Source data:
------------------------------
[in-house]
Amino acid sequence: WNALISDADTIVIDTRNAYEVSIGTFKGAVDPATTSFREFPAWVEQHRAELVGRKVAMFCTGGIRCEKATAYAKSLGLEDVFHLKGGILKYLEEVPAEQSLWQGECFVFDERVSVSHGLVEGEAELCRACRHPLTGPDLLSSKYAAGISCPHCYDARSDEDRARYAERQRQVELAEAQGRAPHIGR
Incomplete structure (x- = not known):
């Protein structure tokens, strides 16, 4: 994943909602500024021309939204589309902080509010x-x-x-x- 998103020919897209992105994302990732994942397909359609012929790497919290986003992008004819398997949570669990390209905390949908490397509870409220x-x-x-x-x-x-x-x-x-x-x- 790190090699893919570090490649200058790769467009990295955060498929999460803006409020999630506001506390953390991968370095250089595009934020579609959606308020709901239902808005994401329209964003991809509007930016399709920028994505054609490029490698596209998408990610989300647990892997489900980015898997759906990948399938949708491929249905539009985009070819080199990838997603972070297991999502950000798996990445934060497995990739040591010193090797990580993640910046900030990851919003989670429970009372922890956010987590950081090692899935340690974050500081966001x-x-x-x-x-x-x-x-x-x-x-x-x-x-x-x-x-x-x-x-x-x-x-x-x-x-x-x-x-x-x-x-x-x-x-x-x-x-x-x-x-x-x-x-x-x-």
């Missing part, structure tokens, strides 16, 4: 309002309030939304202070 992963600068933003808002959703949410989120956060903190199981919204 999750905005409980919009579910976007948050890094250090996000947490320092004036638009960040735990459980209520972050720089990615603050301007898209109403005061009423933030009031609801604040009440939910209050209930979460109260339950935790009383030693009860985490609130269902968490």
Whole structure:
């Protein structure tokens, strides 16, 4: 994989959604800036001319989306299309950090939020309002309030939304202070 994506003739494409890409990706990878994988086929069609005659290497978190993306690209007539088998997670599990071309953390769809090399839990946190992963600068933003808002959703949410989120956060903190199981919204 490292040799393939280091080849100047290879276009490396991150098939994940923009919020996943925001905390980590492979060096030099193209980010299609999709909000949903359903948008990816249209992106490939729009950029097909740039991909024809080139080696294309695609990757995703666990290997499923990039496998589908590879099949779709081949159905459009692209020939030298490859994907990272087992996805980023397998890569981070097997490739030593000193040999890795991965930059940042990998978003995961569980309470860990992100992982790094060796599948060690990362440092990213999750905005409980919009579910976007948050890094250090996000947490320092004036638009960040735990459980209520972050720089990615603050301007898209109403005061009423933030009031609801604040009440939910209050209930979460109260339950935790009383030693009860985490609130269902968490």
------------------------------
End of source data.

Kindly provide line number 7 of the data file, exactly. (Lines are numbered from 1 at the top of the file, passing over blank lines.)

């Protein structure tokens, strides 16, 4: 994989959604800036001319989306299309950090939020309002309030939304202070 994506003739494409890409990706990878994988086929069609005659290497978190993306690209007539088998997670599990071309953390769809090399839990946190992963600068933003808002959703949410989120956060903190199981919204 490292040799393939280091080849100047290879276009490396991150098939994940923009919020996943925001905390980590492979060096030099193209980010299609999709909000949903359903948008990816249209992106490939729009950029097909740039991909024809080139080696294309695609990757995703666990290997499923990039496998589908590879099949779709081949159905459009692209020939030298490859994907990272087992996805980023397998890569981070097997490739030593000193040999890795991965930059940042990998978003995961569980309470860990992100992982790094060796599948060690990362440092990213999750905005409980919009579910976007948050890094250090996000947490320092004036638009960040735990459980209520972050720089990615603050301007898209109403005061009423933030009031609801604040009440939910209050209930979460109260339950935790009383030693009860985490609130269902968490």